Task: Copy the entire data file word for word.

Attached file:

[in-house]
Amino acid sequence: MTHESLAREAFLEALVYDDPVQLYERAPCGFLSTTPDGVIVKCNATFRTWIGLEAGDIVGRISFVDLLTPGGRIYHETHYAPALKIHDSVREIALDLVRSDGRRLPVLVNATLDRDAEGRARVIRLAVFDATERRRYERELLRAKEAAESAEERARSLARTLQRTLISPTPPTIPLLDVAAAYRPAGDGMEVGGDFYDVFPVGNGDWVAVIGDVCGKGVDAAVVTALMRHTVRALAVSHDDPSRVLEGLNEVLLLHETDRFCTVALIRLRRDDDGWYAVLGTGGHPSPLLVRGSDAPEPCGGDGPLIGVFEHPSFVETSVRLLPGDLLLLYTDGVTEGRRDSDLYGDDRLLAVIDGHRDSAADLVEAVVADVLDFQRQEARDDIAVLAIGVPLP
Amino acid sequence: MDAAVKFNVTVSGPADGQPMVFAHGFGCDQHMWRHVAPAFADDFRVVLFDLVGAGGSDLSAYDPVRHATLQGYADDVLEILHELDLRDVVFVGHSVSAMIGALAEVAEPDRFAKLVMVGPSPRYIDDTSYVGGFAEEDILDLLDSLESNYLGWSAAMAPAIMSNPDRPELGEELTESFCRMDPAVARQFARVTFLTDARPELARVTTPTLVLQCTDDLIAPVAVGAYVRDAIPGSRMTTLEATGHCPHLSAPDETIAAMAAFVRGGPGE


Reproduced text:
[in-house]
Amino acid sequence: MTHESLAREAFLEALVYDDPVQLYERAPCGFLSTTPDGVIVKCNATFRTWIGLEAGDIVGRISFVDLLTPGGRIYHETHYAPALKIHDSVREIALDLVRSDGRRLPVLVNATLDRDAEGRARVIRLAVFDATERRRYERELLRAKEAAESAEERARSLARTLQRTLISPTPPTIPLLDVAAAYRPAGDGMEVGGDFYDVFPVGNGDWVAVIGDVCGKGVDAAVVTALMRHTVRALAVSHDDPSRVLEGLNEVLLLHETDRFCTVALIRLRRDDDGWYAVLGTGGHPSPLLVRGSDAPEPCGGDGPLIGVFEHPSFVETSVRLLPGDLLLLYTDGVTEGRRDSDLYGDDRLLAVIDGHRDSAADLVEAVVADVLDFQRQEARDDIAVLAIGVPLP
Amino acid sequence: MDAAVKFNVTVSGPADGQPMVFAHGFGCDQHMWRHVAPAFADDFRVVLFDLVGAGGSDLSAYDPVRHATLQGYADDVLEILHELDLRDVVFVGHSVSAMIGALAEVAEPDRFAKLVMVGPSPRYIDDTSYVGGFAEEDILDLLDSLESNYLGWSAAMAPAIMSNPDRPELGEELTESFCRMDPAVARQFARVTFLTDARPELARVTTPTLVLQCTDDLIAPVAVGAYVRDAIPGSRMTTLEATGHCPHLSAPDETIAAMAAFVRGGPGE